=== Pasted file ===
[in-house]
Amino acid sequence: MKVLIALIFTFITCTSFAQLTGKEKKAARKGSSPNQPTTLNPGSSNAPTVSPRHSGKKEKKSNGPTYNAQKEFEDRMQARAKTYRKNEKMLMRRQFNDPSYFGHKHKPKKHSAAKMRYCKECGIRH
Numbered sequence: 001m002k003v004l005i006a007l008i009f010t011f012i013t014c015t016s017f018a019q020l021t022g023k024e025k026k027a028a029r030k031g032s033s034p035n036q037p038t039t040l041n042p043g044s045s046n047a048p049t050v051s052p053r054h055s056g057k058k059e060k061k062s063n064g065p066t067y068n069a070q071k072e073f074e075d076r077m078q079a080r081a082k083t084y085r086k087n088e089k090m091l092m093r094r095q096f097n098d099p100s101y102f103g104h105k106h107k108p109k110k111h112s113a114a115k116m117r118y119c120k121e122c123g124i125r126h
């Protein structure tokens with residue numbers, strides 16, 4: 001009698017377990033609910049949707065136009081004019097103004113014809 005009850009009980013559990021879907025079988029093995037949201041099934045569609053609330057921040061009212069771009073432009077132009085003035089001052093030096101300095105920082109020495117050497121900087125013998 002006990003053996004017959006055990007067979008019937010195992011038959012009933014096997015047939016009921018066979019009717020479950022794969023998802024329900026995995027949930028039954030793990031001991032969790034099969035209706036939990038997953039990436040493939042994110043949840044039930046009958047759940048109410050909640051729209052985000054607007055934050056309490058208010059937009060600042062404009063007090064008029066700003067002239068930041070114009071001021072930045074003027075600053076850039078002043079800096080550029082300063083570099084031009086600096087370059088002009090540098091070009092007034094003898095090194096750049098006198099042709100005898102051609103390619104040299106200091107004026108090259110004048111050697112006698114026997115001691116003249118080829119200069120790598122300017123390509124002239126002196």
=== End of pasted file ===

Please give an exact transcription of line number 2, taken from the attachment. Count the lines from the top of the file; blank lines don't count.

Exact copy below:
Amino acid sequence: MKVLIALIFTFITCTSFAQLTGKEKKAARKGSSPNQPTTLNPGSSNAPTVSPRHSGKKEKKSNGPTYNAQKEFEDRMQARAKTYRKNEKMLMRRQFNDPSYFGHKHKPKKHSAAKMRYCKECGIRH